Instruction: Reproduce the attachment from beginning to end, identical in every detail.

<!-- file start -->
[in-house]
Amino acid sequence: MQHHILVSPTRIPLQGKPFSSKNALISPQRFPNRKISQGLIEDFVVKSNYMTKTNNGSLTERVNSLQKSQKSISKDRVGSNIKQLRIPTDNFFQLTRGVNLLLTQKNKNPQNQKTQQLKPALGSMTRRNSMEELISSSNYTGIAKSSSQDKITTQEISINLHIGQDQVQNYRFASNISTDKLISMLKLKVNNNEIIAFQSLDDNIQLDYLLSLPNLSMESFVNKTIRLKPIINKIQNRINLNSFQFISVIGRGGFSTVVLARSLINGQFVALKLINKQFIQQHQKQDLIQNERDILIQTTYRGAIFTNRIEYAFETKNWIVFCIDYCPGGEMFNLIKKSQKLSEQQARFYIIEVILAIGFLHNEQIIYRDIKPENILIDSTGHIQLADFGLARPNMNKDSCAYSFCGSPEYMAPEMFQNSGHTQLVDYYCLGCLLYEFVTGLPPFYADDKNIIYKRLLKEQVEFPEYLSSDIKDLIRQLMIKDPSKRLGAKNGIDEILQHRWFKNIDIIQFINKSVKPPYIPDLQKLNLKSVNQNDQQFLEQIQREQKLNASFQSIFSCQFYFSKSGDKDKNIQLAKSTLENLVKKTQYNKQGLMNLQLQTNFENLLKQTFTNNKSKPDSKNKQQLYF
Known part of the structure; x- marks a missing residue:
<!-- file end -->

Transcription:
[in-house]
Amino acid sequence: MQHHILVSPTRIPLQGKPFSSKNALISPQRFPNRKISQGLIEDFVVKSNYMTKTNNGSLTERVNSLQKSQKSISKDRVGSNIKQLRIPTDNFFQLTRGVNLLLTQKNKNPQNQKTQQLKPALGSMTRRNSMEELISSSNYTGIAKSSSQDKITTQEISINLHIGQDQVQNYRFASNISTDKLISMLKLKVNNNEIIAFQSLDDNIQLDYLLSLPNLSMESFVNKTIRLKPIINKIQNRINLNSFQFISVIGRGGFSTVVLARSLINGQFVALKLINKQFIQQHQKQDLIQNERDILIQTTYRGAIFTNRIEYAFETKNWIVFCIDYCPGGEMFNLIKKSQKLSEQQARFYIIEVILAIGFLHNEQIIYRDIKPENILIDSTGHIQLADFGLARPNMNKDSCAYSFCGSPEYMAPEMFQNSGHTQLVDYYCLGCLLYEFVTGLPPFYADDKNIIYKRLLKEQVEFPEYLSSDIKDLIRQLMIKDPSKRLGAKNGIDEILQHRWFKNIDIIQFINKSVKPPYIPDLQKLNLKSVNQNDQQFLEQIQREQKLNASFQSIFSCQFYFSKSGDKDKNIQLAKSTLENLVKKTQYNKQGLMNLQLQTNFENLLKQTFTNNKSKPDSKNKQQLYF
Known part of the structure; x- marks a missing residue: